A number of program modules can be stored in the drives and RAM 1012, including an operating system 1030, one or more application programs 1032, other program modules 1034 and program data 1036. All or portions of the operating system, applications, modules, and/or data can also be cached in the RAM 1012. It is appreciated that the systems and methods can be implemented with various commercially available operating systems or combinations of operating systems.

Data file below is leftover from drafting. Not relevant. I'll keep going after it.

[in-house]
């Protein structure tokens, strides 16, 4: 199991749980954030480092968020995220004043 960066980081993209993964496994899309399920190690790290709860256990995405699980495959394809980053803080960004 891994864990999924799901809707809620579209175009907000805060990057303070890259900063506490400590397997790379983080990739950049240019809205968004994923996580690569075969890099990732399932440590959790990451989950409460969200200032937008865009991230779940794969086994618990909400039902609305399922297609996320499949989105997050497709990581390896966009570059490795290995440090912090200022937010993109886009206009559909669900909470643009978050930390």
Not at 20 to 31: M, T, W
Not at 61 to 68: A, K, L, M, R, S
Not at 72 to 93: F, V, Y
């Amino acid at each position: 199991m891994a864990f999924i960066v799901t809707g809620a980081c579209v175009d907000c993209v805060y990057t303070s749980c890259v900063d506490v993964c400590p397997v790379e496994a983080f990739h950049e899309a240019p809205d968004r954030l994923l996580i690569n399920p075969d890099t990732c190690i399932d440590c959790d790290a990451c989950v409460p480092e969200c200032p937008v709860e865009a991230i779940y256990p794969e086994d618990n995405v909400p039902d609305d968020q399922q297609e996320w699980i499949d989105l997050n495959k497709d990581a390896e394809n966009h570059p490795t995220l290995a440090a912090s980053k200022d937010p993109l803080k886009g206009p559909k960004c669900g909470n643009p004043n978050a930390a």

A user can enter commands and information into the computer 1002 through one or more wired/wireless input devices, e.g. a keyboard 1038 and a pointing device, such as a mouse 1040. Other input devices (not shown) may include a microphone, an IR remote control, a joystick, a game pad, a stylus pen, touch screen, or the like. These and other input devices are often connected to the processing unit 1004 through an input device interface 1042 that is coupled to the system bus 1008, but can be connected by other interfaces, such as a parallel port, an IEEE 1194 serial port, a game port, a USB port, an IR interface, etc. A display device 1044 can be used to provide a set of group items to a user. The display devices can be connected to the system bus 1008 via an interface, such as a video adapter 1046.